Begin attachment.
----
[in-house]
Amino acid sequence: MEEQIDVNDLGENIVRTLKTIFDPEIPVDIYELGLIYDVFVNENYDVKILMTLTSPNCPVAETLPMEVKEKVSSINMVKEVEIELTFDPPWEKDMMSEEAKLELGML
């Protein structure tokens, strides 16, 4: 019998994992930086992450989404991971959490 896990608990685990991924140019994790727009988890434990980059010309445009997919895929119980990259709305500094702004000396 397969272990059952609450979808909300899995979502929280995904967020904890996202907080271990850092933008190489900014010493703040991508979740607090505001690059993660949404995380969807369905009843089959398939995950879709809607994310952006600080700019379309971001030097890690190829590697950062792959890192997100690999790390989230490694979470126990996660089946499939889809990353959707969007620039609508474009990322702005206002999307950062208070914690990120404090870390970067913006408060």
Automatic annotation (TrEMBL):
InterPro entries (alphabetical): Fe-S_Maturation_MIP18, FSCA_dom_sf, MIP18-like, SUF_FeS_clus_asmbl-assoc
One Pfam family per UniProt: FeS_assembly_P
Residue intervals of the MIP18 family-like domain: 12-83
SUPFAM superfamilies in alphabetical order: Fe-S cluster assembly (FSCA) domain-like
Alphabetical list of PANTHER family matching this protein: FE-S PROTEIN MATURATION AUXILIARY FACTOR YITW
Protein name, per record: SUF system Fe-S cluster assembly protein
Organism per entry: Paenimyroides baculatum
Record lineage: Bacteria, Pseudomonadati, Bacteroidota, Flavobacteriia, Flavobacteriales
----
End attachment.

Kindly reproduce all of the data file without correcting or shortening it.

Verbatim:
[in-house]
Amino acid sequence: MEEQIDVNDLGENIVRTLKTIFDPEIPVDIYELGLIYDVFVNENYDVKILMTLTSPNCPVAETLPMEVKEKVSSINMVKEVEIELTFDPPWEKDMMSEEAKLELGML
């Protein structure tokens, strides 16, 4: 019998994992930086992450989404991971959490 896990608990685990991924140019994790727009988890434990980059010309445009997919895929119980990259709305500094702004000396 397969272990059952609450979808909300899995979502929280995904967020904890996202907080271990850092933008190489900014010493703040991508979740607090505001690059993660949404995380969807369905009843089959398939995950879709809607994310952006600080700019379309971001030097890690190829590697950062792959890192997100690999790390989230490694979470126990996660089946499939889809990353959707969007620039609508474009990322702005206002999307950062208070914690990120404090870390970067913006408060």
Automatic annotation (TrEMBL):
InterPro entries (alphabetical): Fe-S_Maturation_MIP18, FSCA_dom_sf, MIP18-like, SUF_FeS_clus_asmbl-assoc
One Pfam family per UniProt: FeS_assembly_P
Residue intervals of the MIP18 family-like domain: 12-83
SUPFAM superfamilies in alphabetical order: Fe-S cluster assembly (FSCA) domain-like
Alphabetical list of PANTHER family matching this protein: FE-S PROTEIN MATURATION AUXILIARY FACTOR YITW
Protein name, per record: SUF system Fe-S cluster assembly protein
Organism per entry: Paenimyroides baculatum
Record lineage: Bacteria, Pseudomonadati, Bacteroidota, Flavobacteriia, Flavobacteriales